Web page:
Today a tourist mecca, the area now known as the Wisconsin Dells was once wilderness—and a gathering place for the region’s Native peoples, the Ho-Chunk, who for centuries migrated to this part of the Wisconsin River for both sustenance and spiritual renewal. By the late 1800s their numbers had dwindled through displacement or forcible removal, and it was this smaller band that caught the attention of photographer Henry Hamilton Bennett. Having built his reputation on his photographs of the Dells’ steep gorges and fantastic rock formations, H. H. Bennett now turned his camera upon the Ho-Chunk themselves, and thus began the many-layered relationship unfolded by Steven D. Hoelscher in Picturing Indians: Photographic Encounters and Tourist Fantasies in H. H. Bennett’s Wisconsin Dells.
The interactions between Indian and white man, photographer and photographed, suggested a relationship in which commercial motives and friendly feelings mixed, though not necessarily in equal measure. The Ho-Chunk resourcefully sought new ways to survive in the increasingly tourist-driven economy of the Dells. Bennett, struggling to keep his photography business alive, capitalized on America’s comfortably nostalgic image of Native peoples as a vanishing race, no longer threatening and now safe for white consumption.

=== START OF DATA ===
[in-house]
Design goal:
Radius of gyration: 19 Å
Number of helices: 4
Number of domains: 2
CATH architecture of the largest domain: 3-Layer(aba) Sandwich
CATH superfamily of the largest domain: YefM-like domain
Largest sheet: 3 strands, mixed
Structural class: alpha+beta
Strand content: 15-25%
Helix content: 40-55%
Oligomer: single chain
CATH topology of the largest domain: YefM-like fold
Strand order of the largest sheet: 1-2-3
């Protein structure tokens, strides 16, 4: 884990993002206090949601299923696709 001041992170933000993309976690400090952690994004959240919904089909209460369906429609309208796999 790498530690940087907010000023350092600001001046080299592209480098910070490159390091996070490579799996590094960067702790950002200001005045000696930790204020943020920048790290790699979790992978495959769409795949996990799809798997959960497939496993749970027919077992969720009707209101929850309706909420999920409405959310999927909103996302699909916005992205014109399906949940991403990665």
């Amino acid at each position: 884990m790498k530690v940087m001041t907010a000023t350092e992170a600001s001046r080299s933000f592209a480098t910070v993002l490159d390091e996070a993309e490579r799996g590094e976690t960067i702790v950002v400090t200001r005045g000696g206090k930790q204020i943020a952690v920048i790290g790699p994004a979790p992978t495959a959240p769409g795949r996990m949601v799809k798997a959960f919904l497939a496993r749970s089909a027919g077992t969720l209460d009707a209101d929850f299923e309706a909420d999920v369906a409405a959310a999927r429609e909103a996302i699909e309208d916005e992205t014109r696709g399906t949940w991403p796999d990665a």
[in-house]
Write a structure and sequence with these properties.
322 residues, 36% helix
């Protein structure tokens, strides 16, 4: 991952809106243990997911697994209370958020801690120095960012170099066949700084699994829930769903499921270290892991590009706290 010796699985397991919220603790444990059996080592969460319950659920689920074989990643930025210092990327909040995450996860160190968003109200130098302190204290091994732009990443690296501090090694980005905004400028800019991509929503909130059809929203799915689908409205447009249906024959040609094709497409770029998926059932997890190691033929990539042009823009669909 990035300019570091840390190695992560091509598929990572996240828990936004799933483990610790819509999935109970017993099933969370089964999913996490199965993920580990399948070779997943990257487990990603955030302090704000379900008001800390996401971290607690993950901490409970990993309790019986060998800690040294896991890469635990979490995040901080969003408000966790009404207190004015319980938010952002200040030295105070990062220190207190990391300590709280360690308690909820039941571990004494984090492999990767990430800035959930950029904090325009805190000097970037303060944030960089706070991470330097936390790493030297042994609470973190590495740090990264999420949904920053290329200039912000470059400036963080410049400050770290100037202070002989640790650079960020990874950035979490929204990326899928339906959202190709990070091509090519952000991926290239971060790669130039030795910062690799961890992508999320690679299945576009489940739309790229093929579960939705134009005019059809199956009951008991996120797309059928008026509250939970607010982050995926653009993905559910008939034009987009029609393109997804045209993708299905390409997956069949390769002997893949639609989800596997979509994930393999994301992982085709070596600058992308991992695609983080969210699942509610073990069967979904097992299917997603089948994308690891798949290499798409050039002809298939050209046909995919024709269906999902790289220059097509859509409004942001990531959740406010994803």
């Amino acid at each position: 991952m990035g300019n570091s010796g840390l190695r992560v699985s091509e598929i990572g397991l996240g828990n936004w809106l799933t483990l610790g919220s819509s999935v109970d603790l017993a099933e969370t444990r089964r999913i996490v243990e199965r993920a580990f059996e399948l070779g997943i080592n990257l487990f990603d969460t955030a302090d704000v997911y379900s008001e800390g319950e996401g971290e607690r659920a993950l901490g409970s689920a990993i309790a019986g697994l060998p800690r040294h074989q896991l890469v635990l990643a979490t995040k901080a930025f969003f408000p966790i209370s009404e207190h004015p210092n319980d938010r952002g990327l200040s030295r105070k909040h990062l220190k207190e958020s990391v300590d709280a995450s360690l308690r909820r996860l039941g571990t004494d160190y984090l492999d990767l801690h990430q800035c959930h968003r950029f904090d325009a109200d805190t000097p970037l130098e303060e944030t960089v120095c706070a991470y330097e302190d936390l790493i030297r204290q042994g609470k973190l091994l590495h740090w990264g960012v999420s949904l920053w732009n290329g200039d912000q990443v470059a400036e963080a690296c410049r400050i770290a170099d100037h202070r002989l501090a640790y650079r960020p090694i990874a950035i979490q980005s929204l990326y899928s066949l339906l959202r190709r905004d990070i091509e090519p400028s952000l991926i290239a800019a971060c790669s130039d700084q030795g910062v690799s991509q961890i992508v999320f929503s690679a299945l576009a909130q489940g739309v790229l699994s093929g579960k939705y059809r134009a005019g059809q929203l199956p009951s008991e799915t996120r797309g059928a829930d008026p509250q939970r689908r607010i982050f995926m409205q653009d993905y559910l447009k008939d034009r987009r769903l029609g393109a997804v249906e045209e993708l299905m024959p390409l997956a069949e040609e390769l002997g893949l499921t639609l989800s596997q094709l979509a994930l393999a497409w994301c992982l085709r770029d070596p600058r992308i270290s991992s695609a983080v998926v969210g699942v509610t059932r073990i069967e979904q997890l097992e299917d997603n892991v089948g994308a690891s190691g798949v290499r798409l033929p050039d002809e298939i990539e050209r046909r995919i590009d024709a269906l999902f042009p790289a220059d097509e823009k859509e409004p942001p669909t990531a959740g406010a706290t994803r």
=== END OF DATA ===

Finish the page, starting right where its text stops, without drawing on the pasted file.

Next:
Hoelscher traces these developments through letters, diaries, financial records, guidebooks, and periodicals of the day. He places Bennett within the context of contemporary artists and photographers of American Indians and examines the receptions of this legacy by the Ho-Chunk today. In the final chapter, he juxtaposes Bennett’s depictions of Native Americans with the work of present-day Ho-Chunk photographer Tom Jones, who documents the lives of his own people with a subtlety and depth foreshadowed, a century ago, in the flickers of irony, injury, humor, and pride conveyed by his Ho-Chunk ancestors as they posed before the lens of a white photographer.